Just as troubling as the outright suppression of unfavorable research is the bias in the research that is published. Clinical trials can be set up to make drugs look good, and that, too, has become common. Companies can, for example, enroll only young people as human subjects, even if the drug is likely to be used by older patients — thereby lessening the chance that side effects will show up. Or they can compare a new drug with an older drug administered at too low a dose, which means the new drug is bound to look better.
Sometimes they sift through the results of a trial and select just the positive findings for publication — a practice known as “data dredging.” For instance, a trial of the effect of a drug on heart attacks may be converted to a trial of the drug’s effect on blood pressure, if it begins to look as if the drug isn’t much good for heart attacks. Or a one-year trial may be converted to a six-month trial if the drug looks good only in the first half of the study.
Researchers, even in our best universities, often go along with this sort of thing, because sponsors insist on it. A public registry of clinical trials would help eliminate many of these abuses, but only if it met the following three conditions:
First, it should contain all trials, not just those that the companies want to include, and it should be administered by a publicly accountable agency, such as the National Institutes of Health. Registration should be a condition of enrolling human subjects in research, since volunteers expect their participation to contribute to scientific knowledge and the public has a right to accountability. The argument that listing trials might reveal important proprietary secrets is not persuasive, because by the time drugs enter clinical trials, they are already patented and largely developed.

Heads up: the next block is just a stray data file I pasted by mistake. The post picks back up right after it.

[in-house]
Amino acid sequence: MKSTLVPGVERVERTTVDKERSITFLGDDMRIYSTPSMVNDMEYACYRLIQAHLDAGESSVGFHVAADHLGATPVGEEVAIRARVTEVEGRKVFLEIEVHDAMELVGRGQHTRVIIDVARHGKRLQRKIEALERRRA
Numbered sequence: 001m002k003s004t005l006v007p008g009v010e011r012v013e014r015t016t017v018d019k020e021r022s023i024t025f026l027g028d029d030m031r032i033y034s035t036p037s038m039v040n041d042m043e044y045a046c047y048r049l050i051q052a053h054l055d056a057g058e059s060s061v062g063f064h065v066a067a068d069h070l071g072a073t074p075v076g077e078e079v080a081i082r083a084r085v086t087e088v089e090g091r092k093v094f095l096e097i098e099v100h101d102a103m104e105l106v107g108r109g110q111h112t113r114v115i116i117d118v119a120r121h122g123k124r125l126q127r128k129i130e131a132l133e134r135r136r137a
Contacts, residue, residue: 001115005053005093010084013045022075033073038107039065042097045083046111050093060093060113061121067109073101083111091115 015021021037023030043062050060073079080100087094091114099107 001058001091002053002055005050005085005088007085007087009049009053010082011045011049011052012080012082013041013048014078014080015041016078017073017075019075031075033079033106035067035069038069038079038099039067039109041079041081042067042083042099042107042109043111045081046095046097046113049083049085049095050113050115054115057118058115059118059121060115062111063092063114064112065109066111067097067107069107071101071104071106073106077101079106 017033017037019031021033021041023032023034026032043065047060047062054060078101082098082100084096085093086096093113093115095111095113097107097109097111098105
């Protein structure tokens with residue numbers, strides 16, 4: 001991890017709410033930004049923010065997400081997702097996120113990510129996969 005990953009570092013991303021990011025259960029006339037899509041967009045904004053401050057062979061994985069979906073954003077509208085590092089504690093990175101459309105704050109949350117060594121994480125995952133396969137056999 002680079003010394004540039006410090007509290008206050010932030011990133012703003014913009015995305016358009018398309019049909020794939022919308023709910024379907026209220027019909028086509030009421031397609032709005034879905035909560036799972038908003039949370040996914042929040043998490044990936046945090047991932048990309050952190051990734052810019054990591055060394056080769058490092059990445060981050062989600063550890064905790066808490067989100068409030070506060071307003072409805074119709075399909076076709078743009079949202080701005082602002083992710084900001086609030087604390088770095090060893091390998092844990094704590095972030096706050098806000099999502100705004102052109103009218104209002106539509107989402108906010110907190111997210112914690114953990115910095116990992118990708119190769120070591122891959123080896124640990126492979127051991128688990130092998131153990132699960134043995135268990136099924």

Second, it is crucial that trials be registered at inception, not after they are completed. The initial information should include a brief description of the design of the trial, including the kinds of patients to be enrolled, the drugs and doses to be tested, what the new drug will be compared with, the duration of the trial, the endpoints that will be measured, and the methods of measurement. That way any bias in the design of the study would be immediately apparent, and sponsors could not shift the endpoints as the trial progressed. At completion, the salient results should be reported. Not all trials are worth publishing in medical journals, but companies will still want their best studies to gain the added prestige and attention afforded by publication in a good peer-reviewed journal. That is fair only if information about all of the trials is available in the registry.
Third, the registry should identify the main researchers and disclose any financial ties they have to the companies whose drugs they are studying. Since drug companies don’t have direct access to patients, they depend on academic researchers and private doctors to supply human subjects and collect the data. Identifying them in the registry would hold them responsible for the quality of the research they perform.
The evidence of bias in medical reports is undeniable. It’s time to break the industry’s hold over the testing of its own products so that we will know whether new drugs are as effective as their makers claim. Talk of “miracles” and “innovation” is no substitute for evidence. The establishment of a government registry of clinical trials is a good way to begin, but it must be done right.
The writer is a former editor in chief of the New England Journal of Medicine and author of the forthcoming book, “The Truth About the Drug Companies.”
C 2004 The Washington Post Company